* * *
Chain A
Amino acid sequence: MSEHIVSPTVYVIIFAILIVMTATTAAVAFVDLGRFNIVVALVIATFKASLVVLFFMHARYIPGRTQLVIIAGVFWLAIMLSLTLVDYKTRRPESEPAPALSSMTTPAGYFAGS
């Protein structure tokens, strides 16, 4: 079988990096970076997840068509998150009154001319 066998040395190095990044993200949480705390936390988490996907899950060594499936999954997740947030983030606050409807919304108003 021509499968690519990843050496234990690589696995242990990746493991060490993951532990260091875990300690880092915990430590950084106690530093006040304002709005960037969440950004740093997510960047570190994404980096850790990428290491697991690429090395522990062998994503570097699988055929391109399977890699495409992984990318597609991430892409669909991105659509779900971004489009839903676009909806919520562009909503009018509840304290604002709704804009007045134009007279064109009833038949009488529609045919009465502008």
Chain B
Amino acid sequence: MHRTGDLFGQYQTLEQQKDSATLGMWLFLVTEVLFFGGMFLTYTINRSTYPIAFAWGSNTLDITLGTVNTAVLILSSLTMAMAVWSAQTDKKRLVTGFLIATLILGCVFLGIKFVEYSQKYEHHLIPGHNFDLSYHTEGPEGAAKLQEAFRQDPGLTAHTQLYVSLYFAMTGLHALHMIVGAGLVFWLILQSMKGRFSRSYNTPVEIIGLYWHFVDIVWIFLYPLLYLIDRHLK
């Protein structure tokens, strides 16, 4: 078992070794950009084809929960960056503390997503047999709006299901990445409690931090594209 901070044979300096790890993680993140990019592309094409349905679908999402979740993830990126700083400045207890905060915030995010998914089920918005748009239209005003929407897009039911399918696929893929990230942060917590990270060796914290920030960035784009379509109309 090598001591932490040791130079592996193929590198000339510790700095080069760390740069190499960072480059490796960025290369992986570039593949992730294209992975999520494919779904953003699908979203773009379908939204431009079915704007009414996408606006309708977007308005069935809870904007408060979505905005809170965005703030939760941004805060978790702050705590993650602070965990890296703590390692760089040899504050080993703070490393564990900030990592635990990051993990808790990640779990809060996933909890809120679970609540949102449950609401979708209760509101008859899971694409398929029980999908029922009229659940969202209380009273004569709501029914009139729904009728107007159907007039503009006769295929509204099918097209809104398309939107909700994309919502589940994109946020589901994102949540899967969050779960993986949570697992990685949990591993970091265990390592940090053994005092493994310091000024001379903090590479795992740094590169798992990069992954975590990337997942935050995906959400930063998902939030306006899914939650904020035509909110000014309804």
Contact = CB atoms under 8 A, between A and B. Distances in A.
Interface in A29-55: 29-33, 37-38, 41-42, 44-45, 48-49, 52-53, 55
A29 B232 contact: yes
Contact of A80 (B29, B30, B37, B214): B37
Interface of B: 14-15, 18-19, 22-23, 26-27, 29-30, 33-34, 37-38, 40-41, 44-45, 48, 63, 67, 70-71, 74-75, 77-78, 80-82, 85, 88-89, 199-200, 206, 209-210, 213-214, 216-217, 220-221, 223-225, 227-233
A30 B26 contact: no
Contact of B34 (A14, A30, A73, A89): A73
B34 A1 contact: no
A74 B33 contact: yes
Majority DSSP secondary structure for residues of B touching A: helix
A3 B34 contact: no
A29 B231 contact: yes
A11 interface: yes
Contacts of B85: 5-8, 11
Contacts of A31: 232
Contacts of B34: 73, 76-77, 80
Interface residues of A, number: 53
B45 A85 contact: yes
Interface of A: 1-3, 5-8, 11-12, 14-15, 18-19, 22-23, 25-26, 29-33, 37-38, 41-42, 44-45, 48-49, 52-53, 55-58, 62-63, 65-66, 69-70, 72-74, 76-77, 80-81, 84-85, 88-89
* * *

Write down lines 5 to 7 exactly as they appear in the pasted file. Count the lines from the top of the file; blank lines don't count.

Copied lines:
Amino acid sequence: MHRTGDLFGQYQTLEQQKDSATLGMWLFLVTEVLFFGGMFLTYTINRSTYPIAFAWGSNTLDITLGTVNTAVLILSSLTMAMAVWSAQTDKKRLVTGFLIATLILGCVFLGIKFVEYSQKYEHHLIPGHNFDLSYHTEGPEGAAKLQEAFRQDPGLTAHTQLYVSLYFAMTGLHALHMIVGAGLVFWLILQSMKGRFSRSYNTPVEIIGLYWHFVDIVWIFLYPLLYLIDRHLK
């Protein structure tokens, strides 16, 4: 078992070794950009084809929960960056503390997503047999709006299901990445409690931090594209 901070044979300096790890993680993140990019592309094409349905679908999402979740993830990126700083400045207890905060915030995010998914089920918005748009239209005003929407897009039911399918696929893929990230942060917590990270060796914290920030960035784009379509109309 090598001591932490040791130079592996193929590198000339510790700095080069760390740069190499960072480059490796960025290369992986570039593949992730294209992975999520494919779904953003699908979203773009379908939204431009079915704007009414996408606006309708977007308005069935809870904007408060979505905005809170965005703030939760941004805060978790702050705590993650602070965990890296703590390692760089040899504050080993703070490393564990900030990592635990990051993990808790990640779990809060996933909890809120679970609540949102449950609401979708209760509101008859899971694409398929029980999908029922009229659940969202209380009273004569709501029914009139729904009728107007159907007039503009006769295929509204099918097209809104398309939107909700994309919502589940994109946020589901994102949540899967969050779960993986949570697992990685949990591993970091265990390592940090053994005092493994310091000024001379903090590479795992740094590169798992990069992954975590990337997942935050995906959400930063998902939030306006899914939650904020035509909110000014309804």
Contact = CB atoms under 8 A, between A and B. Distances in A.